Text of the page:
Idioms relating to house and home.

Choose the correct alternative to complete the expressions.
1 He never listens to what I’m saying. It’s like talking to a –––––––––––––––––– .

(a. thick hedge b. brick wall c. wooden fence)

2 The hotel we’re staying in is OK, but nothing to –––––––––––––––––– about.

(a. send a letter home b. write home c. telephone home)

3 He hit the –––––––––––––––––– when I told him I’d scratched his car. He was so angry.

(a. wall b. floor c. roof)

4 I don’t know the people who live –––––––––––––––––– very well. They only moved in a month or so ago.

(a. next door b. the next door c. at next door)

5 I feel so relaxed here. It really is –––––––––––––––––– .

(a> a house from house b a. house from home c a. home from home)

6 He smokes like a –––––––––––––––––– . He really should give up.

(a. fire b. chimney c. cooker)

7 Aaarrrgh! If I hear that awful song one more time! It’s driving me –––––––––––––––––– .

(a. up the wall b. through the door c. over the roof)

8 We were hoping to go away for a few months, but I couldn’t get time off work, so our plans went out of the –––––––––––––––––– .

(a. letterbox b. door c. window)

9 We’re really good friends. In fact, we got on like a –––––––––––––––––– from the moment we first met.

(a. burning house b. house on fire c. fire in the house)

10 I feel terrible this morning. We had a night on the –––––––––––––––––– last night.

(a. bricks b. slates c. tiles)

Contact me if you want to check the answers!!!!

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Forget Americanisms!

Many people have learnt their English from an American teacher. Believe me, British English is almost a different language. There are over 4000 words of vocabulary which are different and there is no logic in their formation. There is also different grammar, different spelling (when the words are the same), and of course different pronunciation (try aluminium as an example!!!)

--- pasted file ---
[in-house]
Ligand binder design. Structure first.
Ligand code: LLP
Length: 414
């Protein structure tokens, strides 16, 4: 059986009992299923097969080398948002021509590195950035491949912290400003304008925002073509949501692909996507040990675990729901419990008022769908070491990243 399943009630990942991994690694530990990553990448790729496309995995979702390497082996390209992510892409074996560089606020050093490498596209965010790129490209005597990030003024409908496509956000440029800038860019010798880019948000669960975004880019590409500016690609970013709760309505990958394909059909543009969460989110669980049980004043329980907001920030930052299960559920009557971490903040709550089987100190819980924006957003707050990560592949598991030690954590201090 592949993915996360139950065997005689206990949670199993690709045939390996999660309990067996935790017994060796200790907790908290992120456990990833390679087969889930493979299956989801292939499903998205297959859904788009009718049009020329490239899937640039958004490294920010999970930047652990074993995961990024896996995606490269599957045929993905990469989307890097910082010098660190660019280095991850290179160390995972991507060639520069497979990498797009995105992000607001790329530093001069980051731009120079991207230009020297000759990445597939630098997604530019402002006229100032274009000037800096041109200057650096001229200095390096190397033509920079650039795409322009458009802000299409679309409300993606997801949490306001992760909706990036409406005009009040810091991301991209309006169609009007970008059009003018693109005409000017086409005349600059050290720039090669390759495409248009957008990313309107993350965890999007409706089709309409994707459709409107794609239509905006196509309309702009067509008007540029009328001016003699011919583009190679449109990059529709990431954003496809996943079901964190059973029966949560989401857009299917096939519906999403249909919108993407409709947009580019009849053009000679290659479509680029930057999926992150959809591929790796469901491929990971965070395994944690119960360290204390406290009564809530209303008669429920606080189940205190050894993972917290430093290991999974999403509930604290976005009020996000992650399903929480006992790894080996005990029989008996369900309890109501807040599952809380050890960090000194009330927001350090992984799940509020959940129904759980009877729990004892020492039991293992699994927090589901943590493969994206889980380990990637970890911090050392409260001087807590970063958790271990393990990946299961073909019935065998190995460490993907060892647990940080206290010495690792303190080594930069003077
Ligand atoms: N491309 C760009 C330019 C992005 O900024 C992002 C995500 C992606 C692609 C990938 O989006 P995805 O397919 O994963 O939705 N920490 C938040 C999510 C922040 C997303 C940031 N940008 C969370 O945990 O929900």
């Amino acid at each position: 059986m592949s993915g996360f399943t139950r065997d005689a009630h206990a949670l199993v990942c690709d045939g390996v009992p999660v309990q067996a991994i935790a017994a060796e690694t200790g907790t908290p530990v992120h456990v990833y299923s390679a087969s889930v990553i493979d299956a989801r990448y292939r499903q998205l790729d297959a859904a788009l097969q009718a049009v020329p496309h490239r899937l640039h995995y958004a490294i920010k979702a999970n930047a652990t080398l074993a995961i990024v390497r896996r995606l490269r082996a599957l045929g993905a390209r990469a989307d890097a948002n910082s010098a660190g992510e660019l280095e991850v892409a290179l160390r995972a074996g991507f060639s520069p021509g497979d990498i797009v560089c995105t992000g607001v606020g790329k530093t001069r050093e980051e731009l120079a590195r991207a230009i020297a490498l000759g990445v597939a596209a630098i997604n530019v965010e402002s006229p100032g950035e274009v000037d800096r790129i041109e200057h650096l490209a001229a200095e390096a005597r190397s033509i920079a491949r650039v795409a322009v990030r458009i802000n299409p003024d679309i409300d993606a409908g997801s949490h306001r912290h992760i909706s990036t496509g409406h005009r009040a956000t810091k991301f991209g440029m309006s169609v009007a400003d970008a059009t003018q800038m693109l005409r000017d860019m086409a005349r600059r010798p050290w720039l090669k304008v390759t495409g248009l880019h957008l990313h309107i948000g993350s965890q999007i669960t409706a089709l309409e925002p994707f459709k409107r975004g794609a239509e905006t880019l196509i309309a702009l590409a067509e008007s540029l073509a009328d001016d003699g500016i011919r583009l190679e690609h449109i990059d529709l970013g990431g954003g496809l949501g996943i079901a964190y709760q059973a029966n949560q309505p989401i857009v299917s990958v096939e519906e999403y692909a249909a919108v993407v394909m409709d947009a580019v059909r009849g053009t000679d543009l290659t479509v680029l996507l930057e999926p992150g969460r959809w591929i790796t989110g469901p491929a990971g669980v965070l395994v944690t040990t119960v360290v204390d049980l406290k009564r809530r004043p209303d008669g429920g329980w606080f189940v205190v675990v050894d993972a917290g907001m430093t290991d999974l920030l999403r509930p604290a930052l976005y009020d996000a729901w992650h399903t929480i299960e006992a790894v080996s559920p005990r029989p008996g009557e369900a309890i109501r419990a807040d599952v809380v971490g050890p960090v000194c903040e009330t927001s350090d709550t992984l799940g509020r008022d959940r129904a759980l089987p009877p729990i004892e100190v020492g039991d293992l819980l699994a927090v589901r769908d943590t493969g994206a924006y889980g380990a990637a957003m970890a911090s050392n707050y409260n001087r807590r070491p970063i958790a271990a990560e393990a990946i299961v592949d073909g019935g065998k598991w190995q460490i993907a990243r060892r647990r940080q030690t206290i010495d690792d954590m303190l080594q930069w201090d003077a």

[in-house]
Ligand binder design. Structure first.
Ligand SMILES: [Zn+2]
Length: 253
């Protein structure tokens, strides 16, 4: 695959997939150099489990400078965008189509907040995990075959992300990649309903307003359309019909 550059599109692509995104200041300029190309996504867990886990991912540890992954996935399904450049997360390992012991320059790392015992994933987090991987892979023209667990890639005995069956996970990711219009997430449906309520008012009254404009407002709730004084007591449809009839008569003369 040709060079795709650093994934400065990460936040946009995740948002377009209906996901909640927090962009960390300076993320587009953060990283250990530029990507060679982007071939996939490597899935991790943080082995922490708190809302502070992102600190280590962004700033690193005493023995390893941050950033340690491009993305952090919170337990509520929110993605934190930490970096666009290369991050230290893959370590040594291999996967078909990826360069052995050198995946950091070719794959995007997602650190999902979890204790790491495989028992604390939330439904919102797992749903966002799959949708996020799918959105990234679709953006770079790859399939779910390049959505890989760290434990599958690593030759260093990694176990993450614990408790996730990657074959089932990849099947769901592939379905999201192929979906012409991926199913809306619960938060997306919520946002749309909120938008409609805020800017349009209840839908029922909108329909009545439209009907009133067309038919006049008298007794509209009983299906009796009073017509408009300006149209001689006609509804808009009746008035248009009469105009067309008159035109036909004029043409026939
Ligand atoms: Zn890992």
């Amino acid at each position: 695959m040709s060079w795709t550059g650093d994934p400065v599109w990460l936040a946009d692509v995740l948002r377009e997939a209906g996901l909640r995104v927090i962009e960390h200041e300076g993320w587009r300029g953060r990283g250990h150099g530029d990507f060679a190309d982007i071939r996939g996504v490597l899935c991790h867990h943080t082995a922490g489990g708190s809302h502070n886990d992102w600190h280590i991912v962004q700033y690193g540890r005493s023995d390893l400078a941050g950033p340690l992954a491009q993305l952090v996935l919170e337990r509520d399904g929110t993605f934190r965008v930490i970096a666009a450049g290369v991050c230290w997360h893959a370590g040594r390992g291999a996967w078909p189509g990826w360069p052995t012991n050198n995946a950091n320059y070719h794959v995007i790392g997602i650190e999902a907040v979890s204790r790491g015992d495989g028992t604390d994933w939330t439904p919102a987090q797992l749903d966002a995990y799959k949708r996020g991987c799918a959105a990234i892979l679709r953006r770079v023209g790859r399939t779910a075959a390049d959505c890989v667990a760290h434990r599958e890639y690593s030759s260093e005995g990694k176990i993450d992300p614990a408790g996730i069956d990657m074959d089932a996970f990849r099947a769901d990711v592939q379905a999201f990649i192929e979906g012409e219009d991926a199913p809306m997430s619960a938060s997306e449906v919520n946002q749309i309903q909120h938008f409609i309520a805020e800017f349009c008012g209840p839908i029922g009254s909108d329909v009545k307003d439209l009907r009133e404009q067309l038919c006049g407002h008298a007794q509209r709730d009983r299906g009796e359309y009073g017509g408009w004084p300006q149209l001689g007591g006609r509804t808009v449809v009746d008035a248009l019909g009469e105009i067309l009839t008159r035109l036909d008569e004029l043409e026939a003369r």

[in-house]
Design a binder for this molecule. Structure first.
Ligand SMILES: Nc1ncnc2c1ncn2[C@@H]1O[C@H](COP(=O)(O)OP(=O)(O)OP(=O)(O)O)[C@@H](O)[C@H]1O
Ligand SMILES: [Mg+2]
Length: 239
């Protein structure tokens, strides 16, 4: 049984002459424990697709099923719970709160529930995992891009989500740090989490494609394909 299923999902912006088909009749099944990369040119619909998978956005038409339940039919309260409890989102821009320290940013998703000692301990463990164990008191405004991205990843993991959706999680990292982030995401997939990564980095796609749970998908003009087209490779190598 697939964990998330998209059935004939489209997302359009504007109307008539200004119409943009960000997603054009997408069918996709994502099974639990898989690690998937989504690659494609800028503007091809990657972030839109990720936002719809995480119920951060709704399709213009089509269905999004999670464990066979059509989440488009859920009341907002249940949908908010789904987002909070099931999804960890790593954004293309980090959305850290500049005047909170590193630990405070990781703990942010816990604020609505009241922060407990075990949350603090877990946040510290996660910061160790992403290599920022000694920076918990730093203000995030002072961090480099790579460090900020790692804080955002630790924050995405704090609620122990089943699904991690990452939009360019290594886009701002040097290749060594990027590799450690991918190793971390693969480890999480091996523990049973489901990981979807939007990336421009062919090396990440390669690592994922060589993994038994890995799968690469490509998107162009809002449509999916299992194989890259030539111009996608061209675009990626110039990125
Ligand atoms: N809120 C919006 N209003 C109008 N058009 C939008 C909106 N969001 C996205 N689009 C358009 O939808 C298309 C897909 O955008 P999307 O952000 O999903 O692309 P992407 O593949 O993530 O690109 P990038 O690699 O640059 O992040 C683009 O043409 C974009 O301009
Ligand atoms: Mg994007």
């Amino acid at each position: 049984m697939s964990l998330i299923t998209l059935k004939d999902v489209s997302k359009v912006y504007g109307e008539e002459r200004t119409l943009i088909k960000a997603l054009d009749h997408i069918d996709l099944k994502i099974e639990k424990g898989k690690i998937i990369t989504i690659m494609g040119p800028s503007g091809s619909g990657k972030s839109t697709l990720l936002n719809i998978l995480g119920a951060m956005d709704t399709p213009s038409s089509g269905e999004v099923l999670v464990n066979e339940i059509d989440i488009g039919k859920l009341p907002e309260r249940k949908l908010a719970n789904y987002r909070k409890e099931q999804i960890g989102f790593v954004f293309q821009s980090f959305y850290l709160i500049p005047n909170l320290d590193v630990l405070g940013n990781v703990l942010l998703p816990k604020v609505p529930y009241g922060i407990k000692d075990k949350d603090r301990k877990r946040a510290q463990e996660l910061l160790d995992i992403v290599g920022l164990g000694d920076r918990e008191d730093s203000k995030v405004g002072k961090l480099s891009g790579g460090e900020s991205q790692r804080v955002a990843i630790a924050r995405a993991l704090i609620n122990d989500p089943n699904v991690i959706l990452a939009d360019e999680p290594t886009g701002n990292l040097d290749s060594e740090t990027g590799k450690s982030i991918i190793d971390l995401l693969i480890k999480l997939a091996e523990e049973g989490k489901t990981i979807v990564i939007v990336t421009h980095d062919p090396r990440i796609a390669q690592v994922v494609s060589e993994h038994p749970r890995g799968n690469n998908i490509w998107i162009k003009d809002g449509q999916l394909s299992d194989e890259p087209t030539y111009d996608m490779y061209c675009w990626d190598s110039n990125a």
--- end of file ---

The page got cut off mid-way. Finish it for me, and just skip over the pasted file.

Below are 24 common examples, British in column 1, American in column 2

 

Autumn                           Fall

Bill                                    Check

Biscuit                              Cookie

Car Park                           Parking Lot

Chemists                          Drugstore

City Centre                       Downtown

Curtains                           Drapes

Film                                  Movie

Flat                                  Apartment

Garden                            Yard

Handbag                         Purse

Holiday                           Vacation

Lift                                  Elevator

Lorry                               Truck

Pavement                      Sidewalk

Petrol                            Gas

Rubbish                         Garbage

Sweets                           Candy

Tap                                 Faucet

Term                              Semester

Timetable                       Schedule

Trousers                        Pants

Underground                  Subway

Wardrobe                      Closet

I will add more – please feel free to add any that you think misleading and/or important

Welcome to Executive English or How to Understand English as the British speak it.

Fom Wikipaedia:

British English (BrEn, BrE, BE, en-UK or en-GB) is the broad term used to distinguish the forms of the English language used in the United Kingdom from forms used elsewhere. The Oxford English Dictionary applies the term to English “as spoken or written in the British Isles; especially the forms of English usual in Great Britain.   Others, such as the Cambridge Academic Content Dictionary, define it as the “English language as it is spoken and written in England.” The European Union basically uses ‘British English’ as its standard variety of English.

There are slight regional variations in formal written English in the United Kingdom, but there is a meaningful degree of uniformity in written English within the United Kingdom. The forms of spoken English, however, vary considerably more than in most other areas of the world where English is spoken, so a uniform concept of British English is more difficult to apply to the spoken language. According to Tom McArthur in the Oxford Guide to World English, “For many people . . . especially in England [British English] is tautologous,” and it shares “all the ambiguities and tensions in the word British, and as a result can be used and interpreted in two ways, more broadly or more narrowly, within a range of blurring and ambiguity.” The term “British English” is sometimes used as a synonym for “Commonwealth English“; that is, English as spoken and written in the Commonwealth of Nations.

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